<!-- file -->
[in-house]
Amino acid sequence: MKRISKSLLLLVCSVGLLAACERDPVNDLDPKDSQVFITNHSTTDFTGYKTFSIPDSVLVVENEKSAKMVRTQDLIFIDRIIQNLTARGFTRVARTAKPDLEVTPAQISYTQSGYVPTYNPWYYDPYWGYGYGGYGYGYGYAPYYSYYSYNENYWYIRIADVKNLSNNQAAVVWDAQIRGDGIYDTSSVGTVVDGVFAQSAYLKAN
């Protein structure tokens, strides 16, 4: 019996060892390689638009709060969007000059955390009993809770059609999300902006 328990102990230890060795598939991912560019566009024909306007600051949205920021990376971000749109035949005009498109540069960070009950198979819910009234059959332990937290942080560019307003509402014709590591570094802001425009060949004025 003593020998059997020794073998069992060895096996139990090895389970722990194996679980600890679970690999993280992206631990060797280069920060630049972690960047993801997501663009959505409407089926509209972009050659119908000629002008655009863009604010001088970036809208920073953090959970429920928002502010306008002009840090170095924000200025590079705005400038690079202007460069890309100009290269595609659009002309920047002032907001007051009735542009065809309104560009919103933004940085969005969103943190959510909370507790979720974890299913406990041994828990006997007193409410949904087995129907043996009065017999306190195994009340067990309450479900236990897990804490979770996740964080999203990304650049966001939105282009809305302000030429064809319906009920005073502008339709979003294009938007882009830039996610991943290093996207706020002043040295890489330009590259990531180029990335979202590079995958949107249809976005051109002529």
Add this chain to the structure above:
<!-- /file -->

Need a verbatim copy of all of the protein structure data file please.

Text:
[in-house]
Amino acid sequence: MKRISKSLLLLVCSVGLLAACERDPVNDLDPKDSQVFITNHSTTDFTGYKTFSIPDSVLVVENEKSAKMVRTQDLIFIDRIIQNLTARGFTRVARTAKPDLEVTPAQISYTQSGYVPTYNPWYYDPYWGYGYGGYGYGYGYAPYYSYYSYNENYWYIRIADVKNLSNNQAAVVWDAQIRGDGIYDTSSVGTVVDGVFAQSAYLKAN
């Protein structure tokens, strides 16, 4: 019996060892390689638009709060969007000059955390009993809770059609999300902006 328990102990230890060795598939991912560019566009024909306007600051949205920021990376971000749109035949005009498109540069960070009950198979819910009234059959332990937290942080560019307003509402014709590591570094802001425009060949004025 003593020998059997020794073998069992060895096996139990090895389970722990194996679980600890679970690999993280992206631990060797280069920060630049972690960047993801997501663009959505409407089926509209972009050659119908000629002008655009863009604010001088970036809208920073953090959970429920928002502010306008002009840090170095924000200025590079705005400038690079202007460069890309100009290269595609659009002309920047002032907001007051009735542009065809309104560009919103933004940085969005969103943190959510909370507790979720974890299913406990041994828990006997007193409410949904087995129907043996009065017999306190195994009340067990309450479900236990897990804490979770996740964080999203990304650049966001939105282009809305302000030429064809319906009920005073502008339709979003294009938007882009830039996610991943290093996207706020002043040295890489330009590259990531180029990335979202590079995958949107249809976005051109002529």
Add this chain to the structure above: